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  • Dan Marich

A Crazy Industry


I'm sorry that I haven't written anything in almost a week but I had a client down here from Los Angeles and I've spent the last four days showing her, and her friends, houses. I've shared, with a few of you, my desire to hang up my pen and finally completely retire from the active work force, unfortunately this industry, and my boss, won't let me quit.


The skills you accumulated over the years in an industry, whether it is sales, plumbing, or graphic design, eventually begin to erode, even if just a tiny bit, exposing you to the younger people in your profession as that old man who should move aside.


I still have enough self awareness to see it in me, more times lately than before, to know it is time to move along. I don't want to be that dottering old man yelling at others, or complaining about some perceived injustice, and making a fool of myself. I've done that enough already in my career.


My boss, since I told her I wanted to step aside about two months ago, has gone out of her way to throw clients, jobs, and other things my way in order for me to stay actively involved in this industry. When I asked her why she was suddenly so interested in making me money, she said, "you are the only one I can count on and trust to do the job." I told her she needed to find better people then because if I'm her best, this agency might be in trouble.


It also explains why she is tireless, and works 21 hours a day. When it's your business you tend to be a little bit more involved in keeping the income train coming. She went away for a month recently, didn't say anything, but just kept telling everyone to call me if they needed anything. Suddenly I'm the busiest realtor in the Coachella Valley and I have no idea why until the people in the office told me what was going on.


Anyway, as most of you know this was not my primary industry for sales in my career. I spent nearly 35 years in the consumer products/consumer electronics industry where I worked for every company in America. I spent most of the last fifteen years, in that industry, in the management of salespeople. I know good and bad salespeople when I see them.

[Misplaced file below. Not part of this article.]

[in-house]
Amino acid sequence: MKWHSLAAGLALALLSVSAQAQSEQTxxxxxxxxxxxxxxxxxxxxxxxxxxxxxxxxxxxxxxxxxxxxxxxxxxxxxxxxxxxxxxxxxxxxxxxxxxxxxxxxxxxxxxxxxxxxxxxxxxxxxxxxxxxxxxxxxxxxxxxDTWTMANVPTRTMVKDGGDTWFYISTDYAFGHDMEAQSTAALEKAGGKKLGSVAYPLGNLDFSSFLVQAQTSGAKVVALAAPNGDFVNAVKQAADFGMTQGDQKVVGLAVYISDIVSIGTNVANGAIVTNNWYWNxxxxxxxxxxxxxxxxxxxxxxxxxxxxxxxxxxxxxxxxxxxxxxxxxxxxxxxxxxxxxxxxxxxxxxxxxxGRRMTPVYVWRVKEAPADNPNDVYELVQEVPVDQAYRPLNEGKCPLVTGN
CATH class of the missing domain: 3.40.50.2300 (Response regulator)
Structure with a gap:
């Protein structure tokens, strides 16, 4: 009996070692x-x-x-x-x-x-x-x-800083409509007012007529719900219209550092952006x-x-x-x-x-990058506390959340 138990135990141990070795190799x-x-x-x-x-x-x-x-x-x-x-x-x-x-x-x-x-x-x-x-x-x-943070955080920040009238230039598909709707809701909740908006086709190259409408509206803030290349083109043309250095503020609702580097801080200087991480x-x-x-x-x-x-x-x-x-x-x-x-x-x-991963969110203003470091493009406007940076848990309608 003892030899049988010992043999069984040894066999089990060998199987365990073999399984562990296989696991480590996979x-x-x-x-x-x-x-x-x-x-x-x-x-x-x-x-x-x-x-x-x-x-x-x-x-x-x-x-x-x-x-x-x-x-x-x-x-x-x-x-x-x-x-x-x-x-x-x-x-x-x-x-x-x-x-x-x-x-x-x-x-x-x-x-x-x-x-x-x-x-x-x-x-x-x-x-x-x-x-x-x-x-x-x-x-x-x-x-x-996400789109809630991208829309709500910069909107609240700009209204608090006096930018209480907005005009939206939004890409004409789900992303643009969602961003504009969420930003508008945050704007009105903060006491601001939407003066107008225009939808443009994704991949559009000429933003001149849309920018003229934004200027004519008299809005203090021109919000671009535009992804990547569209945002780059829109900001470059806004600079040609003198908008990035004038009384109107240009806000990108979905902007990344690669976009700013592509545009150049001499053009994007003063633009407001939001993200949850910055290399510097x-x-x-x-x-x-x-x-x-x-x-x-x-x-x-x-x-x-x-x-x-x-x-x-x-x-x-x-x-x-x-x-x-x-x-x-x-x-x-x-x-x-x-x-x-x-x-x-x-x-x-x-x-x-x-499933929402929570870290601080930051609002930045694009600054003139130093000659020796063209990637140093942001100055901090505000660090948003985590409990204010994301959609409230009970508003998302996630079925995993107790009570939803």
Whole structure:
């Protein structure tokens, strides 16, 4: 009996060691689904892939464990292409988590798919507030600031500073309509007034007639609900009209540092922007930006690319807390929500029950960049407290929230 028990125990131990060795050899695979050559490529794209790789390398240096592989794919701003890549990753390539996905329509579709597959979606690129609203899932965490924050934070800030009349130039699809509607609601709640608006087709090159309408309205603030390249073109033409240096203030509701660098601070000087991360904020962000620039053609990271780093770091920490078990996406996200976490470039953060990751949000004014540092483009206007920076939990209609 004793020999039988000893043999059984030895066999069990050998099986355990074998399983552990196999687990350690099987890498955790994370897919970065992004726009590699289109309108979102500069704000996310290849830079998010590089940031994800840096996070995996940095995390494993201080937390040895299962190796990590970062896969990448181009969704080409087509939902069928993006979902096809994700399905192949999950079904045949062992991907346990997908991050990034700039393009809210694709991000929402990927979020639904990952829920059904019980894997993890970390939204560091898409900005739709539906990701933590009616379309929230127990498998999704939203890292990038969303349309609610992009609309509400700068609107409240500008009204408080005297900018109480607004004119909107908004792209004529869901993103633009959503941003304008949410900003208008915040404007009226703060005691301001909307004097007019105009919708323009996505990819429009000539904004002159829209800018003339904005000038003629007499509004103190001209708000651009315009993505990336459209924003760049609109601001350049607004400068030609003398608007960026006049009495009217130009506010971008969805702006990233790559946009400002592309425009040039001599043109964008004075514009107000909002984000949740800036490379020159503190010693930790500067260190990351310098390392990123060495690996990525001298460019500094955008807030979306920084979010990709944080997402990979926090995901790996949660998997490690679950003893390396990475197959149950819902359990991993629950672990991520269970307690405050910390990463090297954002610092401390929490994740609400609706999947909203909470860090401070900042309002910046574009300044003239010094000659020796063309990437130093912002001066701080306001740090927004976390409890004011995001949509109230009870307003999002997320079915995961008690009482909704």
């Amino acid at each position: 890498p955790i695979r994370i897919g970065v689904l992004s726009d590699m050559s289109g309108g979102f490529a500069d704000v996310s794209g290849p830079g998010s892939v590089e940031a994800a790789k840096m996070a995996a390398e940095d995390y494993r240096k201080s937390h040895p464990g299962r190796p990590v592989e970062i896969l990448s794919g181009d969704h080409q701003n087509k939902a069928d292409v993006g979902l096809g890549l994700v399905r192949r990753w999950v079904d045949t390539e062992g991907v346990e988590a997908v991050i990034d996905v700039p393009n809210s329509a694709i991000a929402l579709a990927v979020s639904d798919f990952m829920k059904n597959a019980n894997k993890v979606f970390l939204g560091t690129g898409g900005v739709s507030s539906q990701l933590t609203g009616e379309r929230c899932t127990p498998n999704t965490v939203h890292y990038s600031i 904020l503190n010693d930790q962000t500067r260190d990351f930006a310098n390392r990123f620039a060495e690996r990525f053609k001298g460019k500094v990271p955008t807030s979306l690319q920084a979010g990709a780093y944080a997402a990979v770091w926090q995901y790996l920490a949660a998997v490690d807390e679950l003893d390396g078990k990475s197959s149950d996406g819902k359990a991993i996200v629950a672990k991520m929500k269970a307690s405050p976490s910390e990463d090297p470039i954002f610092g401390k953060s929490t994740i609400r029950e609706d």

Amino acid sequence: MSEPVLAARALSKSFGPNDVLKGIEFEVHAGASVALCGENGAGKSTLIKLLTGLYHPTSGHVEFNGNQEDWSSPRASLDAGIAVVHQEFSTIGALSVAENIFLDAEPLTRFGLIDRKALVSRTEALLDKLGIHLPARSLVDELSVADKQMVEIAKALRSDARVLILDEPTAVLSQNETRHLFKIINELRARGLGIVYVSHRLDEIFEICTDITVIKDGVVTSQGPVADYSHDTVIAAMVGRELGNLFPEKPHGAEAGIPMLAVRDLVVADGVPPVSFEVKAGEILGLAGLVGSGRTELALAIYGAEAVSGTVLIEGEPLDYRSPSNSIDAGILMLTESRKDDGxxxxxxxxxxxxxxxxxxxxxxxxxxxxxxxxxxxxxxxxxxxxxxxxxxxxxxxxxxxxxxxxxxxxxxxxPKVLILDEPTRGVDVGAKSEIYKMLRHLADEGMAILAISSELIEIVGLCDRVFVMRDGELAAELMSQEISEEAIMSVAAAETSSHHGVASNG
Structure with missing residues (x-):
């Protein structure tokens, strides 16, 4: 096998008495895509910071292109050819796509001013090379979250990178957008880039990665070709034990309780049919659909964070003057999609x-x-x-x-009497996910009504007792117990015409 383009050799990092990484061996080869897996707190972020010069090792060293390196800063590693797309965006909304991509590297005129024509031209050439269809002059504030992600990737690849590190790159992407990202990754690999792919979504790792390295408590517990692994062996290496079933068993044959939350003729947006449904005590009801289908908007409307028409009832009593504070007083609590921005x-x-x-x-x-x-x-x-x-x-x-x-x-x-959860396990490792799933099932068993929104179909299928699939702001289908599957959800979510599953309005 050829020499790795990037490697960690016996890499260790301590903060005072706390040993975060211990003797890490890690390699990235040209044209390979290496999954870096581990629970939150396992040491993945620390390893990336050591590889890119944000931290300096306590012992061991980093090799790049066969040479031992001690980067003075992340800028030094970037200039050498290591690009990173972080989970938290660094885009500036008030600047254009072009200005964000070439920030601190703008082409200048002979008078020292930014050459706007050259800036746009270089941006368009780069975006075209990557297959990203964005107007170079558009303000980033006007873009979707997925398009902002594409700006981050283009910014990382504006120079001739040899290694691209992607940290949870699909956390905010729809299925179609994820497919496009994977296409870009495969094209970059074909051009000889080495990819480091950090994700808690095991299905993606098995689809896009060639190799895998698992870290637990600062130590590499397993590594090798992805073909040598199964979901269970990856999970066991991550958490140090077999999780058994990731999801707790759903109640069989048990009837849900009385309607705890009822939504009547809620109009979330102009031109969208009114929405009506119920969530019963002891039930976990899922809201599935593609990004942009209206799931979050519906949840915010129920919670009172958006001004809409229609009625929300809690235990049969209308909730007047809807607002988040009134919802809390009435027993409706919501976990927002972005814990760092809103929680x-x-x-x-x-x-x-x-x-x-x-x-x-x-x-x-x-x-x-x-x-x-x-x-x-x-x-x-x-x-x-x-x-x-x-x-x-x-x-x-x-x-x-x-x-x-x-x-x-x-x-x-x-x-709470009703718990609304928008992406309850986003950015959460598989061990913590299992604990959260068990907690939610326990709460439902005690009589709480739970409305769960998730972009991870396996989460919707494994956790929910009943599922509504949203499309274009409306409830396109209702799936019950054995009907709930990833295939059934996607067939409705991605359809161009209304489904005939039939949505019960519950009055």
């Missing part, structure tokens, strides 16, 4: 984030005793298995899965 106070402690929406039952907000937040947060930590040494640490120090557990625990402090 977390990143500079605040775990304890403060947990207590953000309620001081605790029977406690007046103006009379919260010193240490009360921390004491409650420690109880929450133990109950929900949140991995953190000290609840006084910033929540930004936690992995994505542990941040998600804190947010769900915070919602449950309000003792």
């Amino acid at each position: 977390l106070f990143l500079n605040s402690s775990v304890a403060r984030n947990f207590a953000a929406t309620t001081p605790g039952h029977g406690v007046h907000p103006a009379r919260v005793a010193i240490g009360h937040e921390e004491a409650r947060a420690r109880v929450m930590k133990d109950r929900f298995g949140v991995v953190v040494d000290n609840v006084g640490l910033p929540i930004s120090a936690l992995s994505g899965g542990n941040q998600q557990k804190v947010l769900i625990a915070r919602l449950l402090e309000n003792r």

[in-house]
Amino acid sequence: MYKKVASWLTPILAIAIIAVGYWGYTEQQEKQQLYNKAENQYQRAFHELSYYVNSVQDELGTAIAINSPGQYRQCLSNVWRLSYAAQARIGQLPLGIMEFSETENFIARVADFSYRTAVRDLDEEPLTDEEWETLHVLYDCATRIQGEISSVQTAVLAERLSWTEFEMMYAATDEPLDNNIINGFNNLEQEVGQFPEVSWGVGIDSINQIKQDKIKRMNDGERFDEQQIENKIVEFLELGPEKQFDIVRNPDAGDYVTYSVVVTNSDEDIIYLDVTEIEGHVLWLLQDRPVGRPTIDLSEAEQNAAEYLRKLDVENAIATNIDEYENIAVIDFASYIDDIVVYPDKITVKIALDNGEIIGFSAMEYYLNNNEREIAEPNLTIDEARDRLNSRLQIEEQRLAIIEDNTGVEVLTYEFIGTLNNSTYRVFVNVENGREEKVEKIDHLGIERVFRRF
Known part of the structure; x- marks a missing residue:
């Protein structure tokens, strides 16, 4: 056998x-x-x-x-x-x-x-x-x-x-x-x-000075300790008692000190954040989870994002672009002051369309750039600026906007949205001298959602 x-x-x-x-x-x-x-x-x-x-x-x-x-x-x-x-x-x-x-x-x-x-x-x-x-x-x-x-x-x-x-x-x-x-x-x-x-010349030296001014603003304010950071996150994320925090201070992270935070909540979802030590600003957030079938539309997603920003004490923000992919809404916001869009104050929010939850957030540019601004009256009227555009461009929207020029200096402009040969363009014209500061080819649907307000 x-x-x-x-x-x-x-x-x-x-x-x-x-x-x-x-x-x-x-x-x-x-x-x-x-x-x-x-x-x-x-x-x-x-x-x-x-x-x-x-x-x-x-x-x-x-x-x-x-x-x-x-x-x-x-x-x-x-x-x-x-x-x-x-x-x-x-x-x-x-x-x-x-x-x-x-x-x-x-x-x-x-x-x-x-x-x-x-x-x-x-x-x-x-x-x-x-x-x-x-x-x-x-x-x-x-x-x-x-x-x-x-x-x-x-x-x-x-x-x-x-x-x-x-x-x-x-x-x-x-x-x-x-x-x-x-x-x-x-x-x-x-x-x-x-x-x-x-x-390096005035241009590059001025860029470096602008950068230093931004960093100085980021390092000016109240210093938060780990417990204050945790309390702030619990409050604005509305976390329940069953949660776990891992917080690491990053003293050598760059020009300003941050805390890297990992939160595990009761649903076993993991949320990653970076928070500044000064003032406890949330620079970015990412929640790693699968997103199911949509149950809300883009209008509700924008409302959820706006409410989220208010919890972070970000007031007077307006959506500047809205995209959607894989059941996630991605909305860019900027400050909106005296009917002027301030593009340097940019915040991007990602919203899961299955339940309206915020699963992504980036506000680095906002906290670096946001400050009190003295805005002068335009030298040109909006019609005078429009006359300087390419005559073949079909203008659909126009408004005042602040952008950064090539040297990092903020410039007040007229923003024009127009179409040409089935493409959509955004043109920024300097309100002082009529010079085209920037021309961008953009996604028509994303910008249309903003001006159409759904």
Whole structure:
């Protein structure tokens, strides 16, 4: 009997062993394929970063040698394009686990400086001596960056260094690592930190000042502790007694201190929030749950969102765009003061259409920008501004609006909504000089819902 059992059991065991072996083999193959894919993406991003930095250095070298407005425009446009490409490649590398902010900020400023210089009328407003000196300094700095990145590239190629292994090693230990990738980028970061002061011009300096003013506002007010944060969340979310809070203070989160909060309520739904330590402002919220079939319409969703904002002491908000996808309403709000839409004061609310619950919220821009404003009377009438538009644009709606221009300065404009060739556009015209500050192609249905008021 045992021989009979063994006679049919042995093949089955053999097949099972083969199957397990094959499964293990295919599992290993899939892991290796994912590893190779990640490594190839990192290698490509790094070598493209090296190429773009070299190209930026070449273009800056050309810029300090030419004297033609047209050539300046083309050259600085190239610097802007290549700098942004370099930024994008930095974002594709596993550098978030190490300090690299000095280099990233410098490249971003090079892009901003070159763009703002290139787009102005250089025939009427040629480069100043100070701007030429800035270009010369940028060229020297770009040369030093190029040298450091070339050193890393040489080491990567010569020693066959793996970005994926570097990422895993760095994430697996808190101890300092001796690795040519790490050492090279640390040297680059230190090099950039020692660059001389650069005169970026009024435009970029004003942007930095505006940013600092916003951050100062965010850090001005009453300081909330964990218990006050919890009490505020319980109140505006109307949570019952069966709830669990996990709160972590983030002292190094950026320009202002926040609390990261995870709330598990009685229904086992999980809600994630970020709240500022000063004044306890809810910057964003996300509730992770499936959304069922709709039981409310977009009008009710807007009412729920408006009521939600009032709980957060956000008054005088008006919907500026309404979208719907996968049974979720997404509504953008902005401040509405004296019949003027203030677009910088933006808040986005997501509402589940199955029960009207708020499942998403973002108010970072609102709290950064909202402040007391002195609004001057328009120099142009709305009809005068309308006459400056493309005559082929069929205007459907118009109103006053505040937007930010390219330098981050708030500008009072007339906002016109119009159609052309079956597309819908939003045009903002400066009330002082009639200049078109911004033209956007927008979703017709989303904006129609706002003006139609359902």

I don't want to generalize an industry, I mean it's not like they are all Republicans, but there are more bad salespeople in the real estate industry than I've ever seen in my life. And I don't mean bad like with a little help they could be good, I mean bad like they have no freaking clue what they are doing.


They are, with some exceptions, rude, ignorant of the laws, clueless as to how to work with clients, and most of all, determined to not work with other agents professionally under any circumstances. And I see this daily.


I can count on one hand the number of really bad salespeople I worked with in my previous life, in fact I could probably give you their names if you gave me five minutes to think on it. In the real estate game, I could count on one hand the good salespeople I have met in five years. And they are all, good and bad, making money hand over fist in spite of their lack of skills.


I can now see why the industry is moving away from actual people selling houses, to virtual selling becoming the preferred way to buy. Why would you want to work with an idiot when you are buying, or selling, the most important possession in your life? I can't tell you how many times I've had to bite my tongue when I've heard something stupid come out of the mouth of another agent.


I've never said I have all the answers when I've been selling, and I've always followed my dad's advice, "if you don't know, say you don't know, and then go find the answers." This weekend alone I encountered a salesperson holding an open house who didn't know what was included with the HOA fees. Now this is pretty basic stuff so why would you be sitting at an open house and not be able to answer a simple question?


I also ran into a guy, showing a condo to two clients as I arrived with mine. We waited outside for him to finish and I asked him for the keys to the house so I could lock up after we were done. He refused to give them to me and instead locked the door and put the key back into the lock box. I had to then open it with my code and open the doors for my client. Now what did he think I was gong to do if he just gave me the keys, rob the place? What an asshole.


There was a new listing that my client wanted to see before she left town so I called the agent the night before and asked if we could see it the next morning. I gave her almost 14 hours notice. Her listing said, "Show this house!!! Easy to show!!!" She texted me at 9:30 PM the night before to tell me that the tenets in the house wouldn't vacate because they didn't have enough time to get ready. 14 hours! I told her good luck selling the place.


It is this craziness I see every day and wonder why am I doing this still? I also think if I had known my competition was so godawful I would have gotten into real estate about fifty years ago and would now be living on my palatial estate overlooking the Pacific in Maui.


I have three clients that I am in various stages of working with, and once they are happily ensconced in their new homes, it will be time for me to call it a career. What haunts me, is that I know, with even the most minimal effort, I could earn $20,000 a year selling real estate forever doing practically nothing.


But do I really want to be that guy?

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